Dr. Neu gave us helpful advice and useful techniques for practicing mediation. The last point she made during her presentation was pivotal for me. After studying and working on both human rights and conflict resolution, I often wonder why these two fields tend to be paired together in various academic programs and NGOs. Dr. Neu addressed this matter eloquently and clearly. She first explained that human rights activists and conflict resolution practitioners need each other and must work closely together. That being said, the two disciplines are very different. The main commonality is that practitioners in both fields represent victims of conflicts. However, conflict resolution and mediation practitioners must also represent the perpetrators of human rights abuses. Even if they committed crimes that go against the mediator’s personal values, he or she must empathize with them. This task is difficult but crucial for a mediator who may not show preference toward one side or the other.

Here is an example: A mediator’s job is to empathize with the victims, as well as try to understand the motivations of conflict perpetrators. The goal of mediation is not to advocate one side, but for all sides to humanize and understand each other’s positions, interests, and needs. The parties may still clash at the end of a mediation but at least they see where the other is coming from.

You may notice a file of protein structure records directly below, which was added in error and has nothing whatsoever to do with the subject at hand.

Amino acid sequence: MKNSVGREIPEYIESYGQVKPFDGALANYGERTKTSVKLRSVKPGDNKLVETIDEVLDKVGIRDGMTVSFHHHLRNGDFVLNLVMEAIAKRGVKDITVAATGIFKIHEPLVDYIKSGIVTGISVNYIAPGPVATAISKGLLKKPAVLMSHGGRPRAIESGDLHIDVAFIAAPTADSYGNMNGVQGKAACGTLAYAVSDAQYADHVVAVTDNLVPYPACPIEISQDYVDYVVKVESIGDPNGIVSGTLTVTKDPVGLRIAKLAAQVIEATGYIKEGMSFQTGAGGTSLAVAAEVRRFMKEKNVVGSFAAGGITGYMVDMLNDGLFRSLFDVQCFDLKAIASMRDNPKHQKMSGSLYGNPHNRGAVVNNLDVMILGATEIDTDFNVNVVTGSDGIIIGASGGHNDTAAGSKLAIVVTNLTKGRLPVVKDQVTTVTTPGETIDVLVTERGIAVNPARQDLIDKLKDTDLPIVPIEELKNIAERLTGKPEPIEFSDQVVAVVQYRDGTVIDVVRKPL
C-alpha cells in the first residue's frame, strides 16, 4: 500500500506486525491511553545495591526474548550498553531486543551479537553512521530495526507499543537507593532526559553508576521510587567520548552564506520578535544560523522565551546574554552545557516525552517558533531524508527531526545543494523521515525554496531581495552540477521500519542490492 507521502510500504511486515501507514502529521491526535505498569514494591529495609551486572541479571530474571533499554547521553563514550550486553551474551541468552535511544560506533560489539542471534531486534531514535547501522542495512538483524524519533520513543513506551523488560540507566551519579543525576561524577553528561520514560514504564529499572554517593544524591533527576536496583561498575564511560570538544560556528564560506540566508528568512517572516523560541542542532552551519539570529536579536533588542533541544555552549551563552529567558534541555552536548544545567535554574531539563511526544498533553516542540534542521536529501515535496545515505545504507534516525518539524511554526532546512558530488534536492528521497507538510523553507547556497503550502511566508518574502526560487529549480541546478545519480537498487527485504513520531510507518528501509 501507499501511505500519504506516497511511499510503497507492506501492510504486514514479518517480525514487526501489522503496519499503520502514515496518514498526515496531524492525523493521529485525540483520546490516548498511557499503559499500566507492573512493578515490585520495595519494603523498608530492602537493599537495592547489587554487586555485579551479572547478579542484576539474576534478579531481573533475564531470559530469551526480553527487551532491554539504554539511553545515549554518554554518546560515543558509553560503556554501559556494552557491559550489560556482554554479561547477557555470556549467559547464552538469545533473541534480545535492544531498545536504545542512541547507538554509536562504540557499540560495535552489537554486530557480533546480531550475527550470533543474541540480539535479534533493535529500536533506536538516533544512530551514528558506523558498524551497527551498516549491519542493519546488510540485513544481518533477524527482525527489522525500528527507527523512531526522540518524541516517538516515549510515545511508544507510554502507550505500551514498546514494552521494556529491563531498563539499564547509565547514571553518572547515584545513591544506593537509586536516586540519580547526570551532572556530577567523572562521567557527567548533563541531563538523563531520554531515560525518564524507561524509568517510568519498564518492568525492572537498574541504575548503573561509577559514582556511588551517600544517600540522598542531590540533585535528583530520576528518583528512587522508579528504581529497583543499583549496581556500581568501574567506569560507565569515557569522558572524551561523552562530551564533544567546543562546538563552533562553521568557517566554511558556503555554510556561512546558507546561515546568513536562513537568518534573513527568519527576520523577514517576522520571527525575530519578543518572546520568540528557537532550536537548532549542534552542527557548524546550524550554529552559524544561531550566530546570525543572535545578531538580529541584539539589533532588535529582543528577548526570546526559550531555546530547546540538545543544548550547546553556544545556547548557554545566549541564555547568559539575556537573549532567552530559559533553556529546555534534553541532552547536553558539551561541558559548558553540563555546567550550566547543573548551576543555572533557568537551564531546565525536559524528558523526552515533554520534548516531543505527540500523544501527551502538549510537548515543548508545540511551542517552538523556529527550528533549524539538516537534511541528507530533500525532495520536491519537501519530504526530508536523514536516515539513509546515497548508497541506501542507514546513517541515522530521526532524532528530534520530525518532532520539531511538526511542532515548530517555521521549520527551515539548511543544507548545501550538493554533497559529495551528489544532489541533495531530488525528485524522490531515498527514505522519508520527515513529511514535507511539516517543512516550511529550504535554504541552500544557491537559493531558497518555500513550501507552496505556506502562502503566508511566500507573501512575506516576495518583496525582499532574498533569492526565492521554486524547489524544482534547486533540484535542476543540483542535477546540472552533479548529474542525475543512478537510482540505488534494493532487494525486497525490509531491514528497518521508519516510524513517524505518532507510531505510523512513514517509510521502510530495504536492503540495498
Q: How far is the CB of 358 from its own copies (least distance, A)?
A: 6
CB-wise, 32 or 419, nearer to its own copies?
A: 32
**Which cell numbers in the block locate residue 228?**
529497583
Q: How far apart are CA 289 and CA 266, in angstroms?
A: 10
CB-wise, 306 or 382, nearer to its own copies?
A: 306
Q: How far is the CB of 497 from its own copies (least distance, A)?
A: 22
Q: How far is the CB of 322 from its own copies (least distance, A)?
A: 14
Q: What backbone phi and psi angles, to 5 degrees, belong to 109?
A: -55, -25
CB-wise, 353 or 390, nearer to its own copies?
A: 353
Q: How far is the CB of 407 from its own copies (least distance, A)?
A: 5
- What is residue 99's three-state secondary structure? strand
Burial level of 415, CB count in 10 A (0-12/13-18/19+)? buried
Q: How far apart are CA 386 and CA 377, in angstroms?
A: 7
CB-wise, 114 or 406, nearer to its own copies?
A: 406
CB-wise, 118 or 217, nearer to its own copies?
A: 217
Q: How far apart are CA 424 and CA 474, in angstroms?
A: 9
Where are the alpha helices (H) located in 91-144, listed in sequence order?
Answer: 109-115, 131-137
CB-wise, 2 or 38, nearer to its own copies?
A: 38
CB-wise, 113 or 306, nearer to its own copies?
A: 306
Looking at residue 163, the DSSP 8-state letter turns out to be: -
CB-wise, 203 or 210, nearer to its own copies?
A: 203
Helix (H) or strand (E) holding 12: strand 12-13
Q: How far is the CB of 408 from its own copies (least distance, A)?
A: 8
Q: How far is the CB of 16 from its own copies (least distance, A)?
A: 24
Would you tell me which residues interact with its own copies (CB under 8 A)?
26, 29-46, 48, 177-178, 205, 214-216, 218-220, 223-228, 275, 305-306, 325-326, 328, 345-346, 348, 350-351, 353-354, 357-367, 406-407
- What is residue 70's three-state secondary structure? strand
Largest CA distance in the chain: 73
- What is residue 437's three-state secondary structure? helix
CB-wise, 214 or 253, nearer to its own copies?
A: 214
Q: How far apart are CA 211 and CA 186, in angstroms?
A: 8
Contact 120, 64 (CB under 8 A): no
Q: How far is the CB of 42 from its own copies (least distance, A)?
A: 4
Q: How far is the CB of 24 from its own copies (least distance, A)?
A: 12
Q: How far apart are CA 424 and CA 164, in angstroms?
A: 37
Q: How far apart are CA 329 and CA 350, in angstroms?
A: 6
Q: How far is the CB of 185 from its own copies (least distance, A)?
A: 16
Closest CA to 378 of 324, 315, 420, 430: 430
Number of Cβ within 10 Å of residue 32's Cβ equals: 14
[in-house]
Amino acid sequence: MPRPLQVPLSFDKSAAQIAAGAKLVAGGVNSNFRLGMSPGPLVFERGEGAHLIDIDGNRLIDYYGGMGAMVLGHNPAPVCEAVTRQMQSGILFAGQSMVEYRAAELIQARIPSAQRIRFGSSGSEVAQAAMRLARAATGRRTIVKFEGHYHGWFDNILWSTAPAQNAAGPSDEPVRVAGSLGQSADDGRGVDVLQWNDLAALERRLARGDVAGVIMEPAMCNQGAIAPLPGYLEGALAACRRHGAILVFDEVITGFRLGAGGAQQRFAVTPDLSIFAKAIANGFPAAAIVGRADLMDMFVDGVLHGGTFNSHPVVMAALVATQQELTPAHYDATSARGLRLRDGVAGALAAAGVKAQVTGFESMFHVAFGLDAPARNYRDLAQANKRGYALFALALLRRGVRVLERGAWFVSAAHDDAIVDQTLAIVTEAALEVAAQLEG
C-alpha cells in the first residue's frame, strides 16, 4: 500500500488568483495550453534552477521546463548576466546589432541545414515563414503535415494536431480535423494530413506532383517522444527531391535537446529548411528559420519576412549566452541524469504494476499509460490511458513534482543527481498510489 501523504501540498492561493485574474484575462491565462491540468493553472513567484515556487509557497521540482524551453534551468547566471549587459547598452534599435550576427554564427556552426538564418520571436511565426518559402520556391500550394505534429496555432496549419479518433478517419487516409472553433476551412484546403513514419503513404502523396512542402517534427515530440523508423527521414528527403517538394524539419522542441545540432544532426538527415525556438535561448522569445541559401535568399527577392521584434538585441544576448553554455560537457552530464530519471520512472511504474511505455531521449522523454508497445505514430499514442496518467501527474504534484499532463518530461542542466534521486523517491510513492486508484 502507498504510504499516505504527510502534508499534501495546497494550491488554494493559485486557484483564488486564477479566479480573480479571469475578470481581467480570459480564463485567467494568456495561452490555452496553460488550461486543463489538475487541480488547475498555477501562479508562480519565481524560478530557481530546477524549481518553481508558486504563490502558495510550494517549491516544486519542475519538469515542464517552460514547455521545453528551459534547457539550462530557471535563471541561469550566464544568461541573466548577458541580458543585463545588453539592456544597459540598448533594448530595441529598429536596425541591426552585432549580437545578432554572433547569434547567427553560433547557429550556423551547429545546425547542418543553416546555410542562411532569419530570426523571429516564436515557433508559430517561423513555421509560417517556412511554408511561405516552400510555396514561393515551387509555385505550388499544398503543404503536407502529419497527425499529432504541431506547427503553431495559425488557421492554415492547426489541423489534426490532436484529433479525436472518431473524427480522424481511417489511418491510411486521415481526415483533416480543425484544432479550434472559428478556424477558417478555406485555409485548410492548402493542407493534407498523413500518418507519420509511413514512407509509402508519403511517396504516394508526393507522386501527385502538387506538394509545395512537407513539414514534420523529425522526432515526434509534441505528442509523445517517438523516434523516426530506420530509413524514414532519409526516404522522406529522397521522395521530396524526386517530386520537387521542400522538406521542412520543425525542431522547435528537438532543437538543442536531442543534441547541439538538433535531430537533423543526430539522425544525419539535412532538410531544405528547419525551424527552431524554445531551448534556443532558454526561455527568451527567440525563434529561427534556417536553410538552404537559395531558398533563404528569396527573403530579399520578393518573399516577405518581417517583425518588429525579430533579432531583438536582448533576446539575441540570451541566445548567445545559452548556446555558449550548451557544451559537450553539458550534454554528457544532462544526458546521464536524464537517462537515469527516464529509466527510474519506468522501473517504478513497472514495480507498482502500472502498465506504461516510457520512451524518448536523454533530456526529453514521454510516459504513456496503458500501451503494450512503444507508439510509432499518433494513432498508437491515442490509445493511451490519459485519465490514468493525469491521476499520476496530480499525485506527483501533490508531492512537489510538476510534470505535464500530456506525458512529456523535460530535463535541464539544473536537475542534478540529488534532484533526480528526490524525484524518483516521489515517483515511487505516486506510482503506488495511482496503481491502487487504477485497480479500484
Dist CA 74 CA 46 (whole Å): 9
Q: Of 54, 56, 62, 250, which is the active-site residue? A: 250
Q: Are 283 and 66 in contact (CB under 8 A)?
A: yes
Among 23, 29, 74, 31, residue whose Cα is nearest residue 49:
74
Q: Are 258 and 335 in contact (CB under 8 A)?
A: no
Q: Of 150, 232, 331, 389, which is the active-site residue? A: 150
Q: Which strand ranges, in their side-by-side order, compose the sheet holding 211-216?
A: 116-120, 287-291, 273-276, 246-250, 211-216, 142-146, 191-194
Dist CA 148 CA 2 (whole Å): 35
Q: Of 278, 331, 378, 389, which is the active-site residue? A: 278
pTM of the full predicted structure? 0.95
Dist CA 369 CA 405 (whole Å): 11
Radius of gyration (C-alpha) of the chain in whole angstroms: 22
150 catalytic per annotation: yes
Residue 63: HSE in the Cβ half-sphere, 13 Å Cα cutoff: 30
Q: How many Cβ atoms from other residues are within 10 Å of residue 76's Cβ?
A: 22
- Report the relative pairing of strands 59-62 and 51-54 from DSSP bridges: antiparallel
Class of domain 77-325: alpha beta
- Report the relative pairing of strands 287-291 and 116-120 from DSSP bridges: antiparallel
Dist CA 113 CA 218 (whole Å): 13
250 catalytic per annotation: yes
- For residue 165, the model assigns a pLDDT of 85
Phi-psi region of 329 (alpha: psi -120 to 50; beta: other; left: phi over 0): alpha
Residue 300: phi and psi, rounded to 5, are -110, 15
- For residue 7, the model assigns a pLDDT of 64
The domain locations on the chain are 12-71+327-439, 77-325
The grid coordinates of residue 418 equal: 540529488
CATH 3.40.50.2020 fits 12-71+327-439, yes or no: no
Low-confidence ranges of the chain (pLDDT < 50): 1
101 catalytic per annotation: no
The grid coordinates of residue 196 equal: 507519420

In contrast, the field of human rights focuses on one side – the victims. The role of human rights workers in conflict is extremely important because they seek justice and advocate for the needs of individuals and communities. It is likely impossible for a mediator to do his or her job without the efforts of human rights workers to empower victims. However, Dr. Neu asserts that the fields of conflict resolution and human rights should not be lumped together because they require different skills and strive for different goals.

If you want to read more on this topic, Dr. Joyce Neu recommended Bridging the Divide by Michelle Parlevliet. You can find it here:

http://webworld.unesco.org/Water/wwap/pccp/cd/pdf/educational_tools/course_modules/reference_documents/issues/bridgingthedivide.pdf

 

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Dr. Neu adresses 2014 IPSI Bologna participants at SAIS Bologna Center.

 

Categories: Bologna 2014 Tags:

Establishing Governance in Transitions

July 25th, 2014 No comments

Catarina Inverso, Brazil